Can you save the prince... in time?
I wasn’t much of a Prince of Persia kid. The most exposure I had was playing the aptly titled Prince of Persia reboot back in 2008 on the Xbox 360, which was a departure from the previous Sands of Time Trilogy in both visual presentation and gameplay mechanics. I loved that game dearly, but it never got a proper console sequel, and the fabled Sands of Time remake has yet to emerge, so imagine my shock when Ubisoft unveiled Prince of Persia: The Lost Crown at Summer Game Fest 2023. Not only was this the first Prince of Persia game to hit consoles since the Sands of Time Trilogy in 2010, the series was going back to its roots as a side-scrolling platformer – only this time with a Metroidvania twist. Initial reactions were somewhat lukewarm, with most critics citing the seemingly underwhelming graphics and the obvious Metroid Dread inspiration, but the final game has been polished up beautifully, resulting in one of the best Metroidvania games I’ve ever experienced.
The Lost Crown opens by dropping you into the middle of an epic battle, which serves as a frenetic tutorial on all the basic gameplay mechanics. You even encounter your first boss fight within the first 15 minutes, which sets the tone for the entire game. From start to finish, The Lost Crown is designed to make the player feel like a seasoned warrior; the controls are fluid, the combat is addictive, and the enemy designs are as varied as the areas you encounter throughout the game. The cutscenes are also quite involved, with excellent voice acting and anime-style action choreography that provide real weight to the story.
To briefly explain the plot without major spoilers: you play as Sargon, the newest member of a warrior clan known as The Immortals, who is on a mission with his brethren to save the abducted Prince of Persia. The chase leads them to the sacred Mount Qaf, which for unknown reasons is locked in a time loop. This time mechanic leads to all sorts of twists and turns in the game’s narrative, but it also opens up some really inventive gameplay mechanics as you unlock various time-and-space-based abilities (like switching dimensions, rewinding time, and teleportation). This is also how the game cleverly explains away character deaths – each time you die, you’re just restarting another loop!
In terms of performance, I’ve seen it said that the developers designed The Lost Crown for Switch first and then upgraded the visuals for the other systems, and I can honestly believe that. Looking at direct comparison videos shows that the biggest deviations between the Switch version and the others seem to be the texture quality, image resolution, and framerate in cutscenes. Otherwise, Prince of Persia: The Lost Crown looks and plays gorgeously on the Switch.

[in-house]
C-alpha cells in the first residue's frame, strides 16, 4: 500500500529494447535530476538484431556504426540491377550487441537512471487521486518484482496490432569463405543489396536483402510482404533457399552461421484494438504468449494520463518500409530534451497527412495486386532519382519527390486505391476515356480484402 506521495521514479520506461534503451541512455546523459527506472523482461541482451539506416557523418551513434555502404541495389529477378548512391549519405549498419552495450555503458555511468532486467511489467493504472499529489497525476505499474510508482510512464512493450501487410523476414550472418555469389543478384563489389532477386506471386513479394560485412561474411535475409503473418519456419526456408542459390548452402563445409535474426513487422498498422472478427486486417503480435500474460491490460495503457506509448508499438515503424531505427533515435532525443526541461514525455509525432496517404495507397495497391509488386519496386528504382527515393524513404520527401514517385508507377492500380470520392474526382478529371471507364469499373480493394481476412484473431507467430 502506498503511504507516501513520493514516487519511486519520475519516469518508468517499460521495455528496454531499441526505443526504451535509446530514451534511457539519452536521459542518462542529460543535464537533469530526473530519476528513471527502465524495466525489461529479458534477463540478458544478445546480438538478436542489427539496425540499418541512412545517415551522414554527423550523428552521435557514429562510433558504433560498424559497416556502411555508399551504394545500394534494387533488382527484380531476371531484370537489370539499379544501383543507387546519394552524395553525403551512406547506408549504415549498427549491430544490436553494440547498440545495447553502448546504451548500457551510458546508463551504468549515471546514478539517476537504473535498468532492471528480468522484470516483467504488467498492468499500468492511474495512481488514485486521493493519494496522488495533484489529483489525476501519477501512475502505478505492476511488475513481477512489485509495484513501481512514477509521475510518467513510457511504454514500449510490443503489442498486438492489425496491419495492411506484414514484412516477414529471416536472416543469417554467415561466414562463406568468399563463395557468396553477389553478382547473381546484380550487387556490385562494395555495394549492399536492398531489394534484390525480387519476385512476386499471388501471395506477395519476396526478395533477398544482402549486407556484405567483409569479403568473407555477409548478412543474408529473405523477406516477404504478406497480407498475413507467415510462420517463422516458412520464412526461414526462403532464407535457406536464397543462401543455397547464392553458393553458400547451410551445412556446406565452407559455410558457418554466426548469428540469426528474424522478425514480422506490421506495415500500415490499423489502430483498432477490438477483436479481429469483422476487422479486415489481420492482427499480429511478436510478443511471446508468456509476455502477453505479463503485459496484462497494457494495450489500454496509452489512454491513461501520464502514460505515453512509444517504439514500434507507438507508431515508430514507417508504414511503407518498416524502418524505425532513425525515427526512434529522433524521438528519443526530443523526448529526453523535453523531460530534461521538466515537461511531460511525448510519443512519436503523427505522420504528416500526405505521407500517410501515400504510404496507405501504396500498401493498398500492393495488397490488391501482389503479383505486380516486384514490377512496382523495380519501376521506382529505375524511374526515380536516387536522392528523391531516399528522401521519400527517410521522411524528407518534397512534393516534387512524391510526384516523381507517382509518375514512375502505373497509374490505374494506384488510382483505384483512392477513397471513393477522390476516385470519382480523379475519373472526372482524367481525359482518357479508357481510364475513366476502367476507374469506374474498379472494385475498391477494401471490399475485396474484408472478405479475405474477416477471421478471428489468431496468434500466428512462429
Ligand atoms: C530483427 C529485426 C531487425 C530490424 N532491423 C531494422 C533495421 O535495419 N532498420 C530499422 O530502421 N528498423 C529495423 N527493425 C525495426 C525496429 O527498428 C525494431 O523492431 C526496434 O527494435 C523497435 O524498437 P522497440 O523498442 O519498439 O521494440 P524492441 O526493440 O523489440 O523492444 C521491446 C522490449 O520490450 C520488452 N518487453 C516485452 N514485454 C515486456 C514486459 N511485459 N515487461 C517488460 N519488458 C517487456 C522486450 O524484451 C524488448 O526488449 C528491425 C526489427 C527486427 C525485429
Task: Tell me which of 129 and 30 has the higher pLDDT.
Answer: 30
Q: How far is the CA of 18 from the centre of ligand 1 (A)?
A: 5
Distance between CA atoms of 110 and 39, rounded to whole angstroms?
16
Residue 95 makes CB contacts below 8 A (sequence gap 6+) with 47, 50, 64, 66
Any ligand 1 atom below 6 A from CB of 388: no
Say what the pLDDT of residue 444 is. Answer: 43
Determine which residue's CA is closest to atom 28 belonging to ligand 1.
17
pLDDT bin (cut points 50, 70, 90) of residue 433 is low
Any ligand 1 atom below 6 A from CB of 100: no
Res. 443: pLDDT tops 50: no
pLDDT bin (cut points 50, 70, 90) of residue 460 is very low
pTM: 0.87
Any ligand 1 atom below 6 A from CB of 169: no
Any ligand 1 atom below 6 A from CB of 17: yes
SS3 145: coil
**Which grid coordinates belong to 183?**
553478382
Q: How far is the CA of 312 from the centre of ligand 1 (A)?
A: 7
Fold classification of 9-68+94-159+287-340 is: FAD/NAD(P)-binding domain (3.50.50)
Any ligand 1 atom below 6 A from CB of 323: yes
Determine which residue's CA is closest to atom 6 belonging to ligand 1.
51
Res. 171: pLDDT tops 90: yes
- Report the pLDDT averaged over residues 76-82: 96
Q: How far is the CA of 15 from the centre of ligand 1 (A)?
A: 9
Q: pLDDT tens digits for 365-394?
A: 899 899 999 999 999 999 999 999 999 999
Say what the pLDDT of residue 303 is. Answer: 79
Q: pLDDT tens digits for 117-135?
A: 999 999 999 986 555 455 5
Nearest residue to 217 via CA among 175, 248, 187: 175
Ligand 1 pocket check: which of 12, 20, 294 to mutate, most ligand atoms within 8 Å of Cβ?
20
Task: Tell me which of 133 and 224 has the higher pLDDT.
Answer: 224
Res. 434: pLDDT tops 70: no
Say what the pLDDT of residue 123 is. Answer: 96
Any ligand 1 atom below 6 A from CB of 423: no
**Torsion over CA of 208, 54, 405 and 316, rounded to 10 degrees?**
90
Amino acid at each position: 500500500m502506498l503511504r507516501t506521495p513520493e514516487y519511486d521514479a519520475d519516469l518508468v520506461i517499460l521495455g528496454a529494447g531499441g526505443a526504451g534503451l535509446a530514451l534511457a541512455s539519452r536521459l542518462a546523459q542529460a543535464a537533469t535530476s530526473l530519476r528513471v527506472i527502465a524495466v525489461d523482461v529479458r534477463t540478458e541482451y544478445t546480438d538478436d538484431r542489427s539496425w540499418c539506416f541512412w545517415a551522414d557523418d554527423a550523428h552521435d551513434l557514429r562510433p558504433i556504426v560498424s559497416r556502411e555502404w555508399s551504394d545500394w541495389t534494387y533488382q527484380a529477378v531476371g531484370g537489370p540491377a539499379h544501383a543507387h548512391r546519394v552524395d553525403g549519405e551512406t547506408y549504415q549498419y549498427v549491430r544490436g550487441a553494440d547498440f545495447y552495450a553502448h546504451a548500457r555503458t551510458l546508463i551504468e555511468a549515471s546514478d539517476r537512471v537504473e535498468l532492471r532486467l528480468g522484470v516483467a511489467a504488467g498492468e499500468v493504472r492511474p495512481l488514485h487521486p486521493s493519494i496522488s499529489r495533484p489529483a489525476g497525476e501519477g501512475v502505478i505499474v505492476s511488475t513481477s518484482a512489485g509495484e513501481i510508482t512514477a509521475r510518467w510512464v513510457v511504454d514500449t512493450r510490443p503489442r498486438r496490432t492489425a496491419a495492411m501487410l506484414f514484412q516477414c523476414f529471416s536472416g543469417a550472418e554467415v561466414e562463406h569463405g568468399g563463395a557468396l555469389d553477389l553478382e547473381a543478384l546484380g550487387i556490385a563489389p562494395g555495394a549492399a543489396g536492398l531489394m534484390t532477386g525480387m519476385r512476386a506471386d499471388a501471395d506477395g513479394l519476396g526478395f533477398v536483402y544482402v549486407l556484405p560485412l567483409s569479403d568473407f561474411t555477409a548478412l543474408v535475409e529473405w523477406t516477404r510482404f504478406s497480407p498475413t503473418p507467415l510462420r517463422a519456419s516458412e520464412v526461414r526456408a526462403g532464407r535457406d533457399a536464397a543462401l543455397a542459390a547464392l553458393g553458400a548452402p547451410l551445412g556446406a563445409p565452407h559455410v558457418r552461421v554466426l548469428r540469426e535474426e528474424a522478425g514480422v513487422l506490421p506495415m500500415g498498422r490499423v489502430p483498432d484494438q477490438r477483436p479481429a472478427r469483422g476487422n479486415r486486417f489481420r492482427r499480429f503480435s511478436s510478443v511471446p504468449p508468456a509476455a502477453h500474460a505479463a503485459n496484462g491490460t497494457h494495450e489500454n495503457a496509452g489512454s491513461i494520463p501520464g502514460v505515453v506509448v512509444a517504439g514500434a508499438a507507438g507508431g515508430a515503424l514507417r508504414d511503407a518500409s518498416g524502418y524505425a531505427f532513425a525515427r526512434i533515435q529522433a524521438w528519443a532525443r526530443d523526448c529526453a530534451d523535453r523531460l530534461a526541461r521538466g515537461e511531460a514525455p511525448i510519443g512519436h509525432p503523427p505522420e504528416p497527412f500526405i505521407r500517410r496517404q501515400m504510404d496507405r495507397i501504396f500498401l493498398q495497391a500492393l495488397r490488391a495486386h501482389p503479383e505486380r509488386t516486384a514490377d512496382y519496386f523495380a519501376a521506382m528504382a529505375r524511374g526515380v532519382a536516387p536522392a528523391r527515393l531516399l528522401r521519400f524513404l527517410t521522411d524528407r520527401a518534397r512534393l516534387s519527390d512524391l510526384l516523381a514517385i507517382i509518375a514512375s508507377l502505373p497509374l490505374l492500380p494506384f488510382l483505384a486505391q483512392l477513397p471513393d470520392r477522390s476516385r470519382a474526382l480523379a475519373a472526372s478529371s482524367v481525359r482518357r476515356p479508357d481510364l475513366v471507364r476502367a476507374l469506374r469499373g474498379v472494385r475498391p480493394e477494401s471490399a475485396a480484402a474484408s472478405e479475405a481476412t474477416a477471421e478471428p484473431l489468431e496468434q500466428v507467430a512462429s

While I don’t have a rig to measure exact framerate performance, the gameplay itself ran at a smooth 60fps for most environments and combat scenarios, even while playing in handheld mode on the Switch (which was my method of choice). The only time it really started to hiccup and drop was in the cutscenes, which could get a pretty choppy if there was a lot going on. I also experienced a couple of crashes in the latter third of the game that forced me to replay small sections. Outside of those problems, though, I had no other issues with gameplay performance.
Digging into the actual game mechanics, there’s a lot more to The Lost Crown’s combat than a simple arm cannon or basic sword. Sargon wields two swords, and later receives an enchanted bow, all of which can be upgraded. Combat consists of a standard three-strike combo system, a block and parry mechanic, and magical “Athra Surge” attacks that get charged up during combat. As you unlock new abilities (like air-dashing or double jumping), you can chain several attacks together in dynamic ways to create your own signature fighting style beyond the standard 1-2-3 combos. It reminded me of Katana Zero at times, with how fast and fluid the strikes are, and the Athra Surge attacks are delivered with some absolutely sick animations.